When a Happy Marriage Is Just an Act

HBO’s remake of a famous relationship drama seems to forget why viewers like to watch stories of romantic turmoil.

Jessica Chastain and Oscar Isaac sit on a couch in "Scenes From a Marriage."
Jojo Whilden / HBO

Apologies to Morticia and Gomez Addams, but a kiss to the upper arm wasn’t sexy until Jessica Chastain and Oscar Isaac did it on the red carpet at the Venice Film Festival. A slow-motion clip of the moment, amplified by Isaac’s singular smolder, went viral earlier this month. More than 11 million Twitter users basked in the pair’s, let’s face it, pure hotness—and then presumably had to fan themselves afterward.

HBO’s Scenes From a Marriage, the show the actors were in Venice to promote, is nowhere near this romantic—or engrossing. The drama is a remake of Ingmar Bergman’s 1973 Swedish miniseries about a relationship’s decade-long dissolution, a crisis so intense that it made Marriage Story look like Love Actually. But the new version, which takes place in present-day America, with the roles gender-flipped, has none of that force, largely because of one creative miscalculation: At the top of every chapter, the show goes out of its way to remind viewers that what they’re watching isn’t real.

The first episode begins with a masked production assistant asking Chastain what time she'd like to have lunch while the actor weaves past crew members; the second follows Isaac as he prepares for his entrance. These glimpses into actors’ real-life routines are compelling at first, but as a framing device, they quickly overstay their welcome, distracting the audience with footage better left for the DVD extras. The writer and director Hagai Levi (In Treatment) explained in an interview that the idea to draw attention to behind-the-scenes activity was spontaneous. “It was kind of an instinct I had when we started rehearsal,” he said. “I wanted to say, Hey, this is not about this very specific couple … It’s much more general, much more abstract than this. And that was, for me, a way to say that—I don’t know if it makes sense.”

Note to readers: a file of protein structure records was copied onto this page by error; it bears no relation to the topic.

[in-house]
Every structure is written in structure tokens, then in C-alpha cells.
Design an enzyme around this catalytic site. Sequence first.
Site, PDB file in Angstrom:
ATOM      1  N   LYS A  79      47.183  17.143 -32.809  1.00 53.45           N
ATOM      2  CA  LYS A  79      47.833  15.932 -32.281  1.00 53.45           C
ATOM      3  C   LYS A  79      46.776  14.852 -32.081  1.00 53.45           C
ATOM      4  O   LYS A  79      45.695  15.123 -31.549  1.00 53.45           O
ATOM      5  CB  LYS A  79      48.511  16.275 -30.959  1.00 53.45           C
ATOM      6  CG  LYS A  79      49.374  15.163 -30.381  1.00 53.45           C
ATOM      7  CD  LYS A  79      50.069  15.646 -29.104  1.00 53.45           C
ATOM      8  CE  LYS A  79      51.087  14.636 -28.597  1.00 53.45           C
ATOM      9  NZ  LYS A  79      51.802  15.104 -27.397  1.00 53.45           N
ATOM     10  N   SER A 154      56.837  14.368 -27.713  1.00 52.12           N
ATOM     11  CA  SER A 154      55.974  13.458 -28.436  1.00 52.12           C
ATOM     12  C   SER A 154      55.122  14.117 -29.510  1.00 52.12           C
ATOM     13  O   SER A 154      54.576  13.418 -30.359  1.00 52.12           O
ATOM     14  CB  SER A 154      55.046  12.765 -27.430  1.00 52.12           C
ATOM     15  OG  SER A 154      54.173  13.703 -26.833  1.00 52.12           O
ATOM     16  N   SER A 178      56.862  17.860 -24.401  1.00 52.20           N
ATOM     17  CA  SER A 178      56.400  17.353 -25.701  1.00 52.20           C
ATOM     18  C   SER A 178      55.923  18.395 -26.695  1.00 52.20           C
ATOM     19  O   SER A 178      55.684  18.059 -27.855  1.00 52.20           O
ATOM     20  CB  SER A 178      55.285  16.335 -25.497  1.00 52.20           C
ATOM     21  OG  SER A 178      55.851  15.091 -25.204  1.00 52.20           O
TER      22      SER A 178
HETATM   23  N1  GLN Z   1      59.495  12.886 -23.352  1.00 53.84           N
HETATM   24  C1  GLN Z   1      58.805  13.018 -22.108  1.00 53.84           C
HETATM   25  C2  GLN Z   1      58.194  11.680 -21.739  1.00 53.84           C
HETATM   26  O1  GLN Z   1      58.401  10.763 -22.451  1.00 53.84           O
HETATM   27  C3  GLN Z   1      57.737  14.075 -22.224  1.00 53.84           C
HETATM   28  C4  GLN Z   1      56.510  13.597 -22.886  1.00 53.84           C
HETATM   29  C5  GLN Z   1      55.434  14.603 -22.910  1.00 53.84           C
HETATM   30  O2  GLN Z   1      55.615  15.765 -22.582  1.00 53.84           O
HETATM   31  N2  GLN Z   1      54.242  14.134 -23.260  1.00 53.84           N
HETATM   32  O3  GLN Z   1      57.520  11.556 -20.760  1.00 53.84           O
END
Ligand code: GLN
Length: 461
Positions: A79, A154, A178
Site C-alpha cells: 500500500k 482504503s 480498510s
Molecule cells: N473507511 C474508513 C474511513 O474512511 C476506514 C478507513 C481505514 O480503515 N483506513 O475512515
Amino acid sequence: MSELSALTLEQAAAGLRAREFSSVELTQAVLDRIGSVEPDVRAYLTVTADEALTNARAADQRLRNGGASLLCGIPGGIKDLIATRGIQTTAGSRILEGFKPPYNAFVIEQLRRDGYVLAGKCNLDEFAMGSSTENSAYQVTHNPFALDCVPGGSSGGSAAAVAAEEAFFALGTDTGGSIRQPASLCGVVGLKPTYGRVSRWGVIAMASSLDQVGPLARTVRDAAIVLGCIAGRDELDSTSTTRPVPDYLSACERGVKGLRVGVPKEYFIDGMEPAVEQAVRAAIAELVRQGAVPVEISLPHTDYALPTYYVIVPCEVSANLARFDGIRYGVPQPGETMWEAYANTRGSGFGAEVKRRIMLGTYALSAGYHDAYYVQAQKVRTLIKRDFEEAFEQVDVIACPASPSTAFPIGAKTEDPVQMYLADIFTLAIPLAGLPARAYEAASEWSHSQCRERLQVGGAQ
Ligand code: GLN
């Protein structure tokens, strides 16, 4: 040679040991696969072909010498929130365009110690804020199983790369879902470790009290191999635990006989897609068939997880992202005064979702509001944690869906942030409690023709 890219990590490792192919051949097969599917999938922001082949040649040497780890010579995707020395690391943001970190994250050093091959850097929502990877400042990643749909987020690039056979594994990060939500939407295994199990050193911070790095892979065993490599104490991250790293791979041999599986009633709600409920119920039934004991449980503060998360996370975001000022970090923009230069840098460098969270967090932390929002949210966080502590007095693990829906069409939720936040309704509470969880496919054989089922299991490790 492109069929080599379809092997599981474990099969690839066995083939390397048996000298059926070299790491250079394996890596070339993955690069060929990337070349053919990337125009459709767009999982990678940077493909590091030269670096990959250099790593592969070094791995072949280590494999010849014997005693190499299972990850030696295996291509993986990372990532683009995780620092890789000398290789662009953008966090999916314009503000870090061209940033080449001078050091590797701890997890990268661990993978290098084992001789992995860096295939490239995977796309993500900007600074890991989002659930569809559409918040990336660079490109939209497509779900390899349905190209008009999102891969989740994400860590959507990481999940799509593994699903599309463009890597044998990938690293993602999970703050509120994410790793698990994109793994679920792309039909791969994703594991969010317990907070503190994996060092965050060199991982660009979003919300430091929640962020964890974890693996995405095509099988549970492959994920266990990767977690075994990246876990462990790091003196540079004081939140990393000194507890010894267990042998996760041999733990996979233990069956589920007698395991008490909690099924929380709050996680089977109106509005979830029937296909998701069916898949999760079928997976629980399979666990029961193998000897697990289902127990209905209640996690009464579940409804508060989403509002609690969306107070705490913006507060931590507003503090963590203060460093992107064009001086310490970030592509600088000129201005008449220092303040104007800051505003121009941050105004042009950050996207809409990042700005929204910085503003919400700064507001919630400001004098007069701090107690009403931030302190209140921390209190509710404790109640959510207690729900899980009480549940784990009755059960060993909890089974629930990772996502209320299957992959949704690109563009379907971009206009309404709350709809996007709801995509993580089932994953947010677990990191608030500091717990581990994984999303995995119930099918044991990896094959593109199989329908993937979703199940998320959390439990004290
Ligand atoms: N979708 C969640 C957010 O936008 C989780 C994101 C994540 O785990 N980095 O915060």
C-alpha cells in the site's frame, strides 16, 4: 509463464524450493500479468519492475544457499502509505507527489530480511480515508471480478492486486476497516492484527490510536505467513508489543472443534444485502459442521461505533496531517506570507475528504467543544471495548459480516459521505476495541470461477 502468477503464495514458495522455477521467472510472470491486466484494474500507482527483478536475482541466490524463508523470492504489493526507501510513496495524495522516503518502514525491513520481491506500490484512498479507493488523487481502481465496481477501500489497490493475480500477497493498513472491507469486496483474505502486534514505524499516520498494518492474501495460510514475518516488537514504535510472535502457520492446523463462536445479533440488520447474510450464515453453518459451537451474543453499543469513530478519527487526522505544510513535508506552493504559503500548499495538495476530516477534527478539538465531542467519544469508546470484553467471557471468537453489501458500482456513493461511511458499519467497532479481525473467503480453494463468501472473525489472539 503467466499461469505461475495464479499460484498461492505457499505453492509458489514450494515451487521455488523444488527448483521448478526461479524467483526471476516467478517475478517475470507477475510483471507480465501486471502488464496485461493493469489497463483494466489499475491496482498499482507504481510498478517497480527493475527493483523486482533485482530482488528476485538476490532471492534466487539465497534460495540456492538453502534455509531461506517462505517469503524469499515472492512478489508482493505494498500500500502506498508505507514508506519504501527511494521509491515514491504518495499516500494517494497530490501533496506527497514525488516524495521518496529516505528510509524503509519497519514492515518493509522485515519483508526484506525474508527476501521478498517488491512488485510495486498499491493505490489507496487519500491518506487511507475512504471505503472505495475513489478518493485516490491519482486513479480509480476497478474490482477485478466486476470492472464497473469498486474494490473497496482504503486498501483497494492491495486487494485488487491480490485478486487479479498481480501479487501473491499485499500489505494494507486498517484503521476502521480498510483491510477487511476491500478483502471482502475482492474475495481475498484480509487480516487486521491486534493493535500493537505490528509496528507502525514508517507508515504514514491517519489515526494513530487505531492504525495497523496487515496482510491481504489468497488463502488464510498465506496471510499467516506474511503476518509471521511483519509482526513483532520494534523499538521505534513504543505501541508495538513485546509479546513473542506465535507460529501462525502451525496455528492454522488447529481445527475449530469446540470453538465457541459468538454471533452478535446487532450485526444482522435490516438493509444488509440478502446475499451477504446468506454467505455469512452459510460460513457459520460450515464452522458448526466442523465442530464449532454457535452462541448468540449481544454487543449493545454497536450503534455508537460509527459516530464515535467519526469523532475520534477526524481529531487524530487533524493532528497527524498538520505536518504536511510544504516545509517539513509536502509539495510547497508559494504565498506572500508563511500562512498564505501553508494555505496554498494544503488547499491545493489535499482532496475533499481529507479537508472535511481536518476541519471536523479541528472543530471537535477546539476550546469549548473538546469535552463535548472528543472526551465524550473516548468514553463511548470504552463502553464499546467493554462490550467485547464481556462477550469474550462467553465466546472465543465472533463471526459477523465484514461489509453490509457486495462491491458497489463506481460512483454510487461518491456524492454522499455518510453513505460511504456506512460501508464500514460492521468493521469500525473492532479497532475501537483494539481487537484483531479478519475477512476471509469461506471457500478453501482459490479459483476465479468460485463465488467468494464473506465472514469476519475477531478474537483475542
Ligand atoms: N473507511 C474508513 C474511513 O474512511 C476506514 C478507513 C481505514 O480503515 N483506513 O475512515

It doesn’t. For one, the on-set sequences date the show as a pandemic-era production. Two, in trying to universalize his central couple’s experience, Levi seems to misunderstand what makes relationship dramas resonate. Given how many of these stories amount to a series of painful fights, viewers have to be persuaded to stick around. The couple must sell their particular circumstances and define their once-passionate history to give the story stakes. The dialogue in the original Scenes was so realistic, and the performances from Liv Ullmann and Erland Josephson so believable, that the series’ popularity is suspected to have led to record-high divorce rates in Sweden (though the myth is impossible to prove).

Levi’s script is similarly raw—even during fights, the characters use terms of endearment, exposing their intimacy. If only he’d left his actors alone. Chastain and Isaac are the last performers to need a director’s flourishes to enhance their roles. The pair exude steamy chemistry; they were college friends at Juilliard and played a married couple in 2014’s A Most Violent Year. In Scenes, Chastain is perfectly cast as Mira, a high-strung tech-company executive wrestling with the guilt of being more available for her job than for her daughter; Isaac embodies Jonathan, a philosophy professor and the family’s homemaker struggling with his unconventional role. Together, they deliver anguished, nuanced portraits that are diminished by Levi’s interruptions.

Breaking the fourth wall can be an effective device in marriage stories: In the singer Kacey Musgraves’s film Star-Crossed, the move emphasizes the theatricality of her Shakespeare-inspired project. The opening number in Leos Carax’s surreal musical, Annette, which directly addresses the audience, underlines the contrast between reality and the fantastical narrative. But Levi’s use just comes off as misguided.

Perhaps the writer-director was worried his remake wouldn’t stand apart from the original, a seminal piece of television that inspired a torrent of similar projects; in addition to Marriage Story, recent works about the same subject include the third season of Master of None, the series State of the Union, and the film Malcolm & Marie. But some stories work best as pure fiction, especially now, when the pandemic has exposed the seams of television and film production at every level—and especially in a show with top-tier actors who can easily captivate their audience, whether on a red carpet or a set. When it comes to any marriage story, the relationship between the viewers and what they’re watching should not be as complicated as the one being portrayed on-screen.